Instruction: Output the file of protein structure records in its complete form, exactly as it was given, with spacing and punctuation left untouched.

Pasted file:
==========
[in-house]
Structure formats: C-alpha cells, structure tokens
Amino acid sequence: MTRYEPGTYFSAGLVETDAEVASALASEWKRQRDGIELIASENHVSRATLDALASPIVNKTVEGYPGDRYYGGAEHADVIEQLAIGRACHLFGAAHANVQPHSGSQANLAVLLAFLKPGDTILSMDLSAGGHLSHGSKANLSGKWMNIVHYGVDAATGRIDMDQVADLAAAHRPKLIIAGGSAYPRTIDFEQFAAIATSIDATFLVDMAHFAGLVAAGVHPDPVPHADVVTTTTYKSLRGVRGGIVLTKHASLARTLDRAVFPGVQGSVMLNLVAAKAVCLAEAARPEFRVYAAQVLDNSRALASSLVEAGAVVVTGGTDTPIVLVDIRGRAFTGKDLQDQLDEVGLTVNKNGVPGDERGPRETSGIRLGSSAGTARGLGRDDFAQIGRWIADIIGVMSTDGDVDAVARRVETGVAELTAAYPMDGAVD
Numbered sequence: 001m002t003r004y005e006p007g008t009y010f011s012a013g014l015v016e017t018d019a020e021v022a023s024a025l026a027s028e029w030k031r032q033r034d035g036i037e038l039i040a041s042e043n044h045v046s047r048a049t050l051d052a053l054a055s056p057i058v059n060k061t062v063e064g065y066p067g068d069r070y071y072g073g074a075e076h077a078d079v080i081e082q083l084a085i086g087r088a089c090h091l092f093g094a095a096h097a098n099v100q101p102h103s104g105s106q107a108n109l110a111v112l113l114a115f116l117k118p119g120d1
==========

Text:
[in-house]
Structure formats: C-alpha cells, structure tokens
Amino acid sequence: MTRYEPGTYFSAGLVETDAEVASALASEWKRQRDGIELIASENHVSRATLDALASPIVNKTVEGYPGDRYYGGAEHADVIEQLAIGRACHLFGAAHANVQPHSGSQANLAVLLAFLKPGDTILSMDLSAGGHLSHGSKANLSGKWMNIVHYGVDAATGRIDMDQVADLAAAHRPKLIIAGGSAYPRTIDFEQFAAIATSIDATFLVDMAHFAGLVAAGVHPDPVPHADVVTTTTYKSLRGVRGGIVLTKHASLARTLDRAVFPGVQGSVMLNLVAAKAVCLAEAARPEFRVYAAQVLDNSRALASSLVEAGAVVVTGGTDTPIVLVDIRGRAFTGKDLQDQLDEVGLTVNKNGVPGDERGPRETSGIRLGSSAGTARGLGRDDFAQIGRWIADIIGVMSTDGDVDAVARRVETGVAELTAAYPMDGAVD
Numbered sequence: 001m002t003r004y005e006p007g008t009y010f011s012a013g014l015v016e017t018d019a020e021v022a023s024a025l026a027s028e029w030k031r032q033r034d035g036i037e038l039i040a041s042e043n044h045v046s047r048a049t050l051d052a053l054a055s056p057i058v059n060k061t062v063e064g065y066p067g068d069r070y071y072g073g074a075e076h077a078d079v080i081e082q083l084a085i086g087r088a089c090h091l092f093g094a095a096h097a098n099v100q101p102h103s104g105s106q107a108n109l110a111v112l113l114a115f116l117k118p119g120d1